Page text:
Bistatic Radar

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SciTech Publishing, 2005 - Technology & Engineering - 329 pages
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This is the only English language book on bistatic radar. It starts with James Casper's fine chapter in the first edition of Skolnik's Radar Handbook (1970), capturing previously unpublished work before 1970. It then summarizes and codifies subsequent bistatic radar research and development, especially as catalogued in the special December 1986 IEE journal. It defines and resolves many issues and controversies plaguing bistatic radar, including predicted performance, monostatic equivalence, bistatic radar cross section and resolution, bistatic Doppler, hitchhiking, SAR, ECM/ECCM, and, most importantly, the utility of bistatic radars. The text provides a history of bistatic systems that points out to potential designers, the applications that have worked and the dead-ends not worth pursuing. The text reviews the basic concepts and definitions, and explains the mathematical development of relationships, such as geometry, Ovals of Cassini, dynamic range, isorange and isodoppler contours, target doppler, and clutter doppler spread.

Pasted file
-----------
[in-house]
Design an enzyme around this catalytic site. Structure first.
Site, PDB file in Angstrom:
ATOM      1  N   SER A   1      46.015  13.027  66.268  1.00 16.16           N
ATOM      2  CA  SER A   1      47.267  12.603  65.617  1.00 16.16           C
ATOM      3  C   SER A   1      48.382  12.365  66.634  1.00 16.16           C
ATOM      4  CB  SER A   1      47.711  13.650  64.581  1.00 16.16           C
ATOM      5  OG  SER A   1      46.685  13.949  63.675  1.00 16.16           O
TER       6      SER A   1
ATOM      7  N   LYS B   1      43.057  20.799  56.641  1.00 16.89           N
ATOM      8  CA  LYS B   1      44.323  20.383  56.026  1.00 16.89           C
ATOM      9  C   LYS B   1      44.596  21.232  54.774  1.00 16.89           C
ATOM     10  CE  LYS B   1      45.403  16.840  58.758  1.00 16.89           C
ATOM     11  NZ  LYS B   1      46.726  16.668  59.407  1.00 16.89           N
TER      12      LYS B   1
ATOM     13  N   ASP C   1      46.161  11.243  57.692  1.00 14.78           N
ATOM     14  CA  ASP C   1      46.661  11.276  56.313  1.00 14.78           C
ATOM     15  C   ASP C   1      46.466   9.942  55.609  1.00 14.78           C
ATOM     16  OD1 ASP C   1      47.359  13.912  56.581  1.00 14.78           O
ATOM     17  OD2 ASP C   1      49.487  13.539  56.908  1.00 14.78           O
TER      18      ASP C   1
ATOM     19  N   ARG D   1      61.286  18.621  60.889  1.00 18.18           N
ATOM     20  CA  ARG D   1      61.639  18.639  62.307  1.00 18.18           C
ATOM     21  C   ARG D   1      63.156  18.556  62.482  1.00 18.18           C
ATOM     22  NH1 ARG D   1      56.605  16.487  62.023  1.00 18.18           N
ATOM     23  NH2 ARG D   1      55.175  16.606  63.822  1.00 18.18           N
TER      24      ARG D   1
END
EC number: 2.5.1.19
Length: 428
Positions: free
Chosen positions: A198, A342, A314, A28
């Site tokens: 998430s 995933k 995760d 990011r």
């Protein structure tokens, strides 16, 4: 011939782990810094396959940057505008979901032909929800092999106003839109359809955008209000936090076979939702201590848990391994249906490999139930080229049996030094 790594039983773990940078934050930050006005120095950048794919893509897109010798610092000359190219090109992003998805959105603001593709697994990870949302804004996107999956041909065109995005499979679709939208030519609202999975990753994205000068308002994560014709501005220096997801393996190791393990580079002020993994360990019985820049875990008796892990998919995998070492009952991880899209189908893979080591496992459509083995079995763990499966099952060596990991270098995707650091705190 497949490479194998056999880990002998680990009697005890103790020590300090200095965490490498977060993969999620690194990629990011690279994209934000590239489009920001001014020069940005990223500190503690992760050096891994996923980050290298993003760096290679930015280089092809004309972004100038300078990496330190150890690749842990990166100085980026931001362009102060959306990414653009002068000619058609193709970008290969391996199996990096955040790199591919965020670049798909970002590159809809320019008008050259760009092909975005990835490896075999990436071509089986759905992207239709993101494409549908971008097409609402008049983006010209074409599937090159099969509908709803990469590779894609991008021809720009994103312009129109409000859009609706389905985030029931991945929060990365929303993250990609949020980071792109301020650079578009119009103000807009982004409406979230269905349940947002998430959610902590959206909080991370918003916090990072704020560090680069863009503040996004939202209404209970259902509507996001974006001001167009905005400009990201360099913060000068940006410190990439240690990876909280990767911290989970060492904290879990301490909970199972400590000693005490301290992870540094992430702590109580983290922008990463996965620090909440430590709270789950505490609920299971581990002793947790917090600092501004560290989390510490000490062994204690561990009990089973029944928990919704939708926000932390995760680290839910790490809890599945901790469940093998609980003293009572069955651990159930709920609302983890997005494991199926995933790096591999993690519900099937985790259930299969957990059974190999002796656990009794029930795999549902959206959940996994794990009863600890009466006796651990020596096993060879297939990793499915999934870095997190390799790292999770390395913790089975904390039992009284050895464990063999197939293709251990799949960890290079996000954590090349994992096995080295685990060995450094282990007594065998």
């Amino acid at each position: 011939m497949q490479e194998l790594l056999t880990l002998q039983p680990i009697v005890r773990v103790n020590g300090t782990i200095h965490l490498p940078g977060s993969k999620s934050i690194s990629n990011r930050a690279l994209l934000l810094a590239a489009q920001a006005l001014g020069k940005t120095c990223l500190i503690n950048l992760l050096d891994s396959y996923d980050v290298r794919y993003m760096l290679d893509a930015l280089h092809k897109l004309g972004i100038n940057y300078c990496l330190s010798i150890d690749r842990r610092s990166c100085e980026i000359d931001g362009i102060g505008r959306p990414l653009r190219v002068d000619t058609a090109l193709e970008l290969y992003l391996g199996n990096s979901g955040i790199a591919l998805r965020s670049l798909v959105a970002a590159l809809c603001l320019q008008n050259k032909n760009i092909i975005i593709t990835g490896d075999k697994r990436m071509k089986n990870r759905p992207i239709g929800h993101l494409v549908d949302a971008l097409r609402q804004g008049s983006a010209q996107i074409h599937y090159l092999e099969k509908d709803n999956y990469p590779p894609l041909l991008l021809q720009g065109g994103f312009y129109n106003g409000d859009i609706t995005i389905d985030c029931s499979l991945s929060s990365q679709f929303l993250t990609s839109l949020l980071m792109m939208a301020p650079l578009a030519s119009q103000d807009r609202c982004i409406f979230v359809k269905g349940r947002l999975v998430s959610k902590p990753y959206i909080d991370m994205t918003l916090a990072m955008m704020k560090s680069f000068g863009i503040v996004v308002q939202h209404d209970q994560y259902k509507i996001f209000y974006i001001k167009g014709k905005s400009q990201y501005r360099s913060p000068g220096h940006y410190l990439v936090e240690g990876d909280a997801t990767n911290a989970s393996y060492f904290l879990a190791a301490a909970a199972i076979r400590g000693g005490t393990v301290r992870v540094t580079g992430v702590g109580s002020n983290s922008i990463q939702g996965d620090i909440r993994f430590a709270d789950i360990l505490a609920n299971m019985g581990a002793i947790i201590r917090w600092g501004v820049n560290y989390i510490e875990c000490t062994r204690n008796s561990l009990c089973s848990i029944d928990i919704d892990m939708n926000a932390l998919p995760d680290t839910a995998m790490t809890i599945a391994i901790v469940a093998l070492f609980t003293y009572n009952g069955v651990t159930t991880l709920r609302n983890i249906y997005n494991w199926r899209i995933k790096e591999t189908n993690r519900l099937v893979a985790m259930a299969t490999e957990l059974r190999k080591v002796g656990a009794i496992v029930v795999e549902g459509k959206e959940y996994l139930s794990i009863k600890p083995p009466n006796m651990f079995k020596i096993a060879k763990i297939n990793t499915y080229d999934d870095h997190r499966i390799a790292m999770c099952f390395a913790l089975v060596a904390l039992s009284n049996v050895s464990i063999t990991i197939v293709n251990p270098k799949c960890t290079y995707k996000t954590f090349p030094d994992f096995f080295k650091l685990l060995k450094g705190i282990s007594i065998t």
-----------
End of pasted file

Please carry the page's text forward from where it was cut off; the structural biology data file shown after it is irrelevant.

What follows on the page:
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Contents

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About the author (2005)

Nicholas J. Willis received a BS degree in mathematics from Stanford University in 1956 under an NROTC-Holloway scholarship. He spent five years in the U.S. Navy, two on destroyers and three the Talos guided missile program sixteen years in industry with Philco-Ford, SRI International and Systems Control, Inc.; five years at DARPA; and a final 17 years at Technology Service Corp. Mr Willis now consults and conducts short courses for government and industry. As an SES-3 at DARPA's Tactical Technology Office, Mr Willis was responsible for radar, EW and land warfare programs, including bistatic radars, LPI radars and in particular Pave Mover, the forerunner of JSTARS. When at TSC, he designed one of the F-22 radar modes. Mr Willis has won the DoD's JDR Best Paper Award twice.

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